LGBTQ-affirmative Mental Health Treatments
LGBTQ individuals disproportionately experience depression, anxiety, and substance use problems compared to heterosexual, cisgender individuals. For gay and bisexual men, these mental health disparities co-occur with risk for HIV/STI infection. One source of these disparities is often assumed to be LGBTQ people’s greater social stress, such as threat-oriented social perceptions and behavioral avoidance. While these tendencies are often adaptive in early development, when held onto throughout life, they can ultimately erode healthy relationships and behaviors.
We are creating LGBTQ-affirming psychotherapy programs that undo these maladaptive tendencies to improve LGBTQ individuals’ mental, behavioral, and sexual health. For instance, our ESTEEM intervention reworks gay and bisexual men’s cognitive, behavioral, and emotional experiences to be self-affirming. Originally tested in a small waitlist-controlled trial, this treatment is now being tested in a large multi-site trial in NYC and Miami, funded by the National Institute of Mental Health (NIMH). Results will not only establish whether this treatment works over the long-term but also how and why it works, allowing healthcare professionals to incorporate research evidence into their practices.
We created another treatment, EQuIP (Empowering Queer Identities in Psychotherapy), with input from expert mental health providers with expertise treating sexual minority women’s mental health. This treatment, funded by NIMH, the Lesbian Health Fund, and the Yale Fund for Gay and Lesbian Studies, specifically aims to help sexual minority women cope with identity-related stress in order to reduce their depression and alcohol abuse.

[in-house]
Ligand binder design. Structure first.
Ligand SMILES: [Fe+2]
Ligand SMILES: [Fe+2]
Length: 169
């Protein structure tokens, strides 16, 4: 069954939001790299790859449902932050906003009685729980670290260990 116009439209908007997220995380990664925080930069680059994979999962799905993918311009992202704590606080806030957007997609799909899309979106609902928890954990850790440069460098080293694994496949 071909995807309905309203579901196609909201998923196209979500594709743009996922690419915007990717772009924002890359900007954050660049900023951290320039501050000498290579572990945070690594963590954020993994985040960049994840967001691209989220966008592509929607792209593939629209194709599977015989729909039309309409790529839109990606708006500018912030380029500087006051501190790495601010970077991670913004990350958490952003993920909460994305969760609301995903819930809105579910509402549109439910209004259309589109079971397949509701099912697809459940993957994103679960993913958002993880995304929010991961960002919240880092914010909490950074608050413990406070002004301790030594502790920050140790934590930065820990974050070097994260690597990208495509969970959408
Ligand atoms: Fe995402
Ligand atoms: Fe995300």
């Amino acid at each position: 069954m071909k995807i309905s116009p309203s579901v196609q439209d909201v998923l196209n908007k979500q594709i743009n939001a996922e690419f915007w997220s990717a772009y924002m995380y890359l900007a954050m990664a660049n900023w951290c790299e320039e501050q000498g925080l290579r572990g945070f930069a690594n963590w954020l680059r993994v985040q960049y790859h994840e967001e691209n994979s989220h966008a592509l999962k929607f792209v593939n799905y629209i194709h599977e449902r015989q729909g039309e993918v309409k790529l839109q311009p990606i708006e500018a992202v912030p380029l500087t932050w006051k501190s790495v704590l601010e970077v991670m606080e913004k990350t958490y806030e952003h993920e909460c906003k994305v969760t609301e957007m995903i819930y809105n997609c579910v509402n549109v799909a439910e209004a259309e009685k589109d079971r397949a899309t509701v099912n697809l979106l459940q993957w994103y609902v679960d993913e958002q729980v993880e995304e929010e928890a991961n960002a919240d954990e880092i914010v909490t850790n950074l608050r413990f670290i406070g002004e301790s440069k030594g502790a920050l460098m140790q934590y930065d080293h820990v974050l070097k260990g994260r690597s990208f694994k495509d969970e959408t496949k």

Our other LGBTQ-affirmative treatment studies are testing similar interventions in diverse global regions (e.g., Eastern Europe, China), in group format (e.g., at the Fair Haven Community Health Center in New Haven), using technologies (e.g., smartphones), and with particularly vulnerable populations (e.g., rural LGBTQ youth, LGBTQ migrants).
- Burton, C. L., Wang, K., & Pachankis, J. E. (in press). Psychotherapy for the spectrum of sexual minority stress: Application and technique of the ESTEEM treatment model. Cognitive and Behavioral Practice.
- White Hughto, J. M., Clark, K. A., Altice, F. L., Reisner, S. L., Kershaw, T. S., & Pachankis, J. E. (2017). Improving correctional healthcare providers' ability to care for transgender patients: Development and evaluation of a theory-driven cultural and clinical competence intervention.Social Science & Medicine, 195, 159-169.
- Clark, K. A., White Hughto, J. M., Pachankis, J. E. (2017). "What's the right thing to do?" Correctional healthcare providers' knowledge, attitudes and experiences caring for transgender inmates. Social Science & Medicine, 193, 80-89.
- Leluţiu-Weinberger, C., & Pachankis, J. E. (2017). Acceptability and preliminary efficacy of a lesbian, gay, bisexual, and transgender-affirmative mental health practice training in a highly stigmatizing national context. LGBT Health, 4(5), 360-370.
- Millar, B. M., Wang, K., & Pachankis, J. E. (2016). The moderating role of internalized homonegativity on the efficacy of LGB-affirmative psychotherapy: Results from a randomized controlled trial with young adult gay and bisexual men. Journal of Consulting and Clinical Psychology, 84(7), 565-570.
- Chaudoir, S. R., Wang, K., & Pachankis, J. E. (2017). What reduces sexual minority stress? A review of the intervention "toolkit". Journal of Social Issues, 73(3), 586-617.
- Pachankis, J. E., Hatzenbuehler, M. L., Rendina, H. J., Safren, S. A., & Parsons, J. T. (2015). LGB-affirmative cognitive-behavioral therapy for young adult gay and bisexual men: A randomized controlled trial of a transdiagnostic minority stress approach. Journal of Consulting and Clinical Psychology, 83(5), 875-889.
- Pachankis, J. E. (2015). A transdiagnostic minority stress treatment approach for gay and bisexual men's syndemic health conditions. Archives of Sexual Behavior, 44(7), 1843-1860.
- Pachankis, J. E., & Goldfried, M. R. (2007). On the next generation of process research. Clinical Psychology Review, 27(6), 760-768.